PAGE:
Data Scientist Cathy O’Neil: “Algorithms Are Opinions Embedded in Code” – Very important. Algorithms are now everywhere and unchallenged. However, they rely on 2 factors: data (usually past data) and a definition of success, which can be based either on data or on the criteria selected by the programmer. This creates a situation where the data reproduces bad practices without room for positive change, with the high risk of further driving inequalities across social classes -and thereby races.

The Dark Side of China’s Tech Boom – Large Chinese tech companies control a large portion of their users’ daily lives and regularly hand over the data to the government, which builds algorithms to give social rating (reminiscent of Black Miror S3E1). Given the huge bias inherent to programming, we can expect further fossilization of the social classes inside the country.

The Latest Red Flag For U.S. Shale – US shale producers have cut costs in answer to low energy prices but still can’t show a profit. Meanwhile, land prices have gone up, labor is short and other factors are increasing their operational costs. As a result, some producers are investing back into old wells and investors are looking at other opportunities.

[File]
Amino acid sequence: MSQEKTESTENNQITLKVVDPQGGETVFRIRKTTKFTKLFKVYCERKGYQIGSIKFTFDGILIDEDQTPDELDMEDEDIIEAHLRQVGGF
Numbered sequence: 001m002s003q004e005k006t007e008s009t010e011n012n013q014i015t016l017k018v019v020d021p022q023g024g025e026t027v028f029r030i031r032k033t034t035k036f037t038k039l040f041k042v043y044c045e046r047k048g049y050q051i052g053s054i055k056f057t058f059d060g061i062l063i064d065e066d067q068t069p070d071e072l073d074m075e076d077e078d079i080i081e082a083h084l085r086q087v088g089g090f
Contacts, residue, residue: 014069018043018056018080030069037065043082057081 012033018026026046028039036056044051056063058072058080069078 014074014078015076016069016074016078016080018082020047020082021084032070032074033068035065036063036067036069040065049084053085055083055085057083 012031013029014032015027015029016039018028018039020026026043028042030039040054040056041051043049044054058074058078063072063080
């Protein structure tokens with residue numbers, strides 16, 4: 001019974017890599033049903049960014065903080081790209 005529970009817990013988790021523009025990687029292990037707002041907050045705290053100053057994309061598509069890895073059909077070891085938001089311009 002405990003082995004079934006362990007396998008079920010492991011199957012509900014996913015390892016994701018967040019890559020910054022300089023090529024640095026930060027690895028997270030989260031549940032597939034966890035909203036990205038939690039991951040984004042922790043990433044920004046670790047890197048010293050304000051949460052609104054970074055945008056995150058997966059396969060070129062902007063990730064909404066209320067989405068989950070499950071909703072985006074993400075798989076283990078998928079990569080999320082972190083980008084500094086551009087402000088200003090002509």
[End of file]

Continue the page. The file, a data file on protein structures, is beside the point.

Mutual Funds Cut Uber Valuation by as Much as 15% – A refreshing take on Uber’s accelerating crash: mutual funds are writing down Uber’s valuation, Softbank is not interested in buying back existing shareholder’s stakes, and the media distorts facts to make up stories in an apparent bid to hold the valuation at current level.

The $199 billion problem: Ten US companies that could devastate Silicon Valley – 10 Silicon Valley ‘unicorns’ are valued over USD 5 billion each and only one may have a valuation supported by fundamentals. This means a lot of write downs may be in store for the asset managers, Venture Capitals and other investors who will eventually need to transform their paper money into actual dollars.

Silicon Valley is using H-1B visas to crowd out American minorities – Silicon Valley prefers to hire foreigners that are cheaper 8 out of 10 times rather than their fellow citizens. Among the rising number of IT graduates, citizens of color and female have a larger unemployment rate than white males.

Identity Thieves Hijack Cellphone Accounts to Go After Virtual Currency – By linking your phone to your accounts, you allow hackers to easily reset your phone’s password and steal your bitcoins… or worse.